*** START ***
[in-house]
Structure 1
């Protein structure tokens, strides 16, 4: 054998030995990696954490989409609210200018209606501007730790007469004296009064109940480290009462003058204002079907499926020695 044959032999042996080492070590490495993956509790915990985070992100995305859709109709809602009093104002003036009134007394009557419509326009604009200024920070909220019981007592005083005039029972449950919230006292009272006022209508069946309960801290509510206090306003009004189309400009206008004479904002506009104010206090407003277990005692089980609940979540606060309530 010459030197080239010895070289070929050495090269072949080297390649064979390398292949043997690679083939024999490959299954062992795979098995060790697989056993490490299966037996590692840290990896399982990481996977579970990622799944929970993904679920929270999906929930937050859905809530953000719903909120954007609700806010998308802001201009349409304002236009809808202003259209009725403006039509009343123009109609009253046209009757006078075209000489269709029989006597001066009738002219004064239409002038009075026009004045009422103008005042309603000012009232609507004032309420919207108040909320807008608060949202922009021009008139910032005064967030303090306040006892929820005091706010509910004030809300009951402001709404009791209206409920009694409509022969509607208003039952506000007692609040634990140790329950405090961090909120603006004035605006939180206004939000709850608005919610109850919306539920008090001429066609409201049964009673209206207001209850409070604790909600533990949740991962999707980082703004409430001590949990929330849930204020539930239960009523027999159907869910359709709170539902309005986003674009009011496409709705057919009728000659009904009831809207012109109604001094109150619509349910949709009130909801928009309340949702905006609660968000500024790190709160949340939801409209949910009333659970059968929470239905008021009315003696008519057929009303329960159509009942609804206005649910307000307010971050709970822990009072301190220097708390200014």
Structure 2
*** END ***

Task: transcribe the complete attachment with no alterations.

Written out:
[in-house]
Structure 1
């Protein structure tokens, strides 16, 4: 054998030995990696954490989409609210200018209606501007730790007469004296009064109940480290009462003058204002079907499926020695 044959032999042996080492070590490495993956509790915990985070992100995305859709109709809602009093104002003036009134007394009557419509326009604009200024920070909220019981007592005083005039029972449950919230006292009272006022209508069946309960801290509510206090306003009004189309400009206008004479904002506009104010206090407003277990005692089980609940979540606060309530 010459030197080239010895070289070929050495090269072949080297390649064979390398292949043997690679083939024999490959299954062992795979098995060790697989056993490490299966037996590692840290990896399982990481996977579970990622799944929970993904679920929270999906929930937050859905809530953000719903909120954007609700806010998308802001201009349409304002236009809808202003259209009725403006039509009343123009109609009253046209009757006078075209000489269709029989006597001066009738002219004064239409002038009075026009004045009422103008005042309603000012009232609507004032309420919207108040909320807008608060949202922009021009008139910032005064967030303090306040006892929820005091706010509910004030809300009951402001709404009791209206409920009694409509022969509607208003039952506000007692609040634990140790329950405090961090909120603006004035605006939180206004939000709850608005919610109850919306539920008090001429066609409201049964009673209206207001209850409070604790909600533990949740991962999707980082703004409430001590949990929330849930204020539930239960009523027999159907869910359709709170539902309005986003674009009011496409709705057919009728000659009904009831809207012109109604001094109150619509349910949709009130909801928009309340949702905006609660968000500024790190709160949340939801409209949910009333659970059968929470239905008021009315003696008519057929009303329960159509009942609804206005649910307000307010971050709970822990009072301190220097708390200014």
Structure 2